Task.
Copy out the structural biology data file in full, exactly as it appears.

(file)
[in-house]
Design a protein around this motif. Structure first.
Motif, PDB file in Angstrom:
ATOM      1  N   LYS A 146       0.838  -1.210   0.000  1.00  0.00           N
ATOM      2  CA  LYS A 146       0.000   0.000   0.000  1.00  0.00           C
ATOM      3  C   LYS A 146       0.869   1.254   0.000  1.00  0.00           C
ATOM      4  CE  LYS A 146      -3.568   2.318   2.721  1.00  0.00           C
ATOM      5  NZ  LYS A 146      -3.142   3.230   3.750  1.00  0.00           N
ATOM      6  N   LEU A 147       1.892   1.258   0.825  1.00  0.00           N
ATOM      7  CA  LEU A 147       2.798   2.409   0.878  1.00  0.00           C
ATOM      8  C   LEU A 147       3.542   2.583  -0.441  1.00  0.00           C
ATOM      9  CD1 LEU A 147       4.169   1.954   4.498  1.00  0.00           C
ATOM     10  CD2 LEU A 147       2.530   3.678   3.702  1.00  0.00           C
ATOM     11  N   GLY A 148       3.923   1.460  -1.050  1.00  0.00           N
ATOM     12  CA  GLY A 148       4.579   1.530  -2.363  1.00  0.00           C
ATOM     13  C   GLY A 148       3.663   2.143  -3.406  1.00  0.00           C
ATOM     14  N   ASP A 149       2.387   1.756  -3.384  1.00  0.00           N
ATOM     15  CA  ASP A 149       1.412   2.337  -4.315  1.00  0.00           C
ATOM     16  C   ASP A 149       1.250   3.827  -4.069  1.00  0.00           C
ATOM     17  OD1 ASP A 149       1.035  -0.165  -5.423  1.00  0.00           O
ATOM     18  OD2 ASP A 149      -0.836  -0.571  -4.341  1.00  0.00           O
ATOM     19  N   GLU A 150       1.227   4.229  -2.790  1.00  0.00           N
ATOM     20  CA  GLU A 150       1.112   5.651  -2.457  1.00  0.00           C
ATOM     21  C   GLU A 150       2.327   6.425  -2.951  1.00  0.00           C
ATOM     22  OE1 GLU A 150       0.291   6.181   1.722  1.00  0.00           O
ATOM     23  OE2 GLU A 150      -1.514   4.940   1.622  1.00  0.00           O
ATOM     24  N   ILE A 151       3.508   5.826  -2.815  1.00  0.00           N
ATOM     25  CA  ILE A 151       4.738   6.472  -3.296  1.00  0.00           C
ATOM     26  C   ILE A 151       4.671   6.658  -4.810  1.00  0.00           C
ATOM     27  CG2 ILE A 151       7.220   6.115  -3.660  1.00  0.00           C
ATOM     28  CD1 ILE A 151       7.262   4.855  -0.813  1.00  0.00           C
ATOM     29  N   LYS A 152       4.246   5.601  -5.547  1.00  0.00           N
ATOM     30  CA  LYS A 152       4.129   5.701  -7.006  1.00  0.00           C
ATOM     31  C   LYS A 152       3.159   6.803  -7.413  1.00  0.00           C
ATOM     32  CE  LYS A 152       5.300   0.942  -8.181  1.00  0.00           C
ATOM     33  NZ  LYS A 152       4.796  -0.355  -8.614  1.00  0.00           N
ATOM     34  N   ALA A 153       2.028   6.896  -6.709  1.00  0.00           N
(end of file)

[in-house]
Design a protein around this motif. Structure first.
Motif, PDB file in Angstrom:
ATOM      1  N   LYS A 146       0.838  -1.210   0.000  1.00  0.00           N
ATOM      2  CA  LYS A 146       0.000   0.000   0.000  1.00  0.00           C
ATOM      3  C   LYS A 146       0.869   1.254   0.000  1.00  0.00           C
ATOM      4  CE  LYS A 146      -3.568   2.318   2.721  1.00  0.00           C
ATOM      5  NZ  LYS A 146      -3.142   3.230   3.750  1.00  0.00           N
ATOM      6  N   LEU A 147       1.892   1.258   0.825  1.00  0.00           N
ATOM      7  CA  LEU A 147       2.798   2.409   0.878  1.00  0.00           C
ATOM      8  C   LEU A 147       3.542   2.583  -0.441  1.00  0.00           C
ATOM      9  CD1 LEU A 147       4.169   1.954   4.498  1.00  0.00           C
ATOM     10  CD2 LEU A 147       2.530   3.678   3.702  1.00  0.00           C
ATOM     11  N   GLY A 148       3.923   1.460  -1.050  1.00  0.00           N
ATOM     12  CA  GLY A 148       4.579   1.530  -2.363  1.00  0.00           C
ATOM     13  C   GLY A 148       3.663   2.143  -3.406  1.00  0.00           C
ATOM     14  N   ASP A 149       2.387   1.756  -3.384  1.00  0.00           N
ATOM     15  CA  ASP A 149       1.412   2.337  -4.315  1.00  0.00           C
ATOM     16  C   ASP A 149       1.250   3.827  -4.069  1.00  0.00           C
ATOM     17  OD1 ASP A 149       1.035  -0.165  -5.423  1.00  0.00           O
ATOM     18  OD2 ASP A 149      -0.836  -0.571  -4.341  1.00  0.00           O
ATOM     19  N   GLU A 150       1.227   4.229  -2.790  1.00  0.00           N
ATOM     20  CA  GLU A 150       1.112   5.651  -2.457  1.00  0.00           C
ATOM     21  C   GLU A 150       2.327   6.425  -2.951  1.00  0.00           C
ATOM     22  OE1 GLU A 150       0.291   6.181   1.722  1.00  0.00           O
ATOM     23  OE2 GLU A 150      -1.514   4.940   1.622  1.00  0.00           O
ATOM     24  N   ILE A 151       3.508   5.826  -2.815  1.00  0.00           N
ATOM     25  CA  ILE A 151       4.738   6.472  -3.296  1.00  0.00           C
ATOM     26  C   ILE A 151       4.671   6.658  -4.810  1.00  0.00           C
ATOM     27  CG2 ILE A 151       7.220   6.115  -3.660  1.00  0.00           C
ATOM     28  CD1 ILE A 151       7.262   4.855  -0.813  1.00  0.00           C
ATOM     29  N   LYS A 152       4.246   5.601  -5.547  1.00  0.00           N
ATOM     30  CA  LYS A 152       4.129   5.701  -7.006  1.00  0.00           C
ATOM     31  C   LYS A 152       3.159   6.803  -7.413  1.00  0.00           C
ATOM     32  CE  LYS A 152       5.300   0.942  -8.181  1.00  0.00           C
ATOM     33  NZ  LYS A 152       4.796  -0.355  -8.614  1.00  0.00           N
ATOM     34  N   ALA A 153       2.028   6.896  -6.709  1.00  0.00           N